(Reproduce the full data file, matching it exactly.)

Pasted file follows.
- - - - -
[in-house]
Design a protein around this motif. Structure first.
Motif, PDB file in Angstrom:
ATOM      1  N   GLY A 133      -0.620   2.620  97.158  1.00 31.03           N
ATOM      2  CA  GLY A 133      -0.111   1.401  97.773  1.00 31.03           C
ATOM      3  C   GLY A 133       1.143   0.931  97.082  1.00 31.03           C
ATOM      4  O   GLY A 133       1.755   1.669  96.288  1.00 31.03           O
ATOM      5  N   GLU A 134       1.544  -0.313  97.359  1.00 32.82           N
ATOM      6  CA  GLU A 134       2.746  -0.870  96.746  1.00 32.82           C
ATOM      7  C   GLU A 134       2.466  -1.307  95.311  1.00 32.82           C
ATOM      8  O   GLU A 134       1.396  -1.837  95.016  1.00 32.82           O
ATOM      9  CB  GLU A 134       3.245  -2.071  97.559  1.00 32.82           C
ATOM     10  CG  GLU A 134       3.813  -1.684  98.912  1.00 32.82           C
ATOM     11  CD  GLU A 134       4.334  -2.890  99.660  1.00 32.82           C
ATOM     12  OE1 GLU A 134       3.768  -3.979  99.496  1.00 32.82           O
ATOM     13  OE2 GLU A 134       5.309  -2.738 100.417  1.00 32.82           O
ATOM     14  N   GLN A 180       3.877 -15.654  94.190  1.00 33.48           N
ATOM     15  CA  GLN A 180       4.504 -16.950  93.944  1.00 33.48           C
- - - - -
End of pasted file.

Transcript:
[in-house]
Design a protein around this motif. Structure first.
Motif, PDB file in Angstrom:
ATOM      1  N   GLY A 133      -0.620   2.620  97.158  1.00 31.03           N
ATOM      2  CA  GLY A 133      -0.111   1.401  97.773  1.00 31.03           C
ATOM      3  C   GLY A 133       1.143   0.931  97.082  1.00 31.03           C
ATOM      4  O   GLY A 133       1.755   1.669  96.288  1.00 31.03           O
ATOM      5  N   GLU A 134       1.544  -0.313  97.359  1.00 32.82           N
ATOM      6  CA  GLU A 134       2.746  -0.870  96.746  1.00 32.82           C
ATOM      7  C   GLU A 134       2.466  -1.307  95.311  1.00 32.82           C
ATOM      8  O   GLU A 134       1.396  -1.837  95.016  1.00 32.82           O
ATOM      9  CB  GLU A 134       3.245  -2.071  97.559  1.00 32.82           C
ATOM     10  CG  GLU A 134       3.813  -1.684  98.912  1.00 32.82           C
ATOM     11  CD  GLU A 134       4.334  -2.890  99.660  1.00 32.82           C
ATOM     12  OE1 GLU A 134       3.768  -3.979  99.496  1.00 32.82           O
ATOM     13  OE2 GLU A 134       5.309  -2.738 100.417  1.00 32.82           O
ATOM     14  N   GLN A 180       3.877 -15.654  94.190  1.00 33.48           N
ATOM     15  CA  GLN A 180       4.504 -16.950  93.944  1.00 33.48           C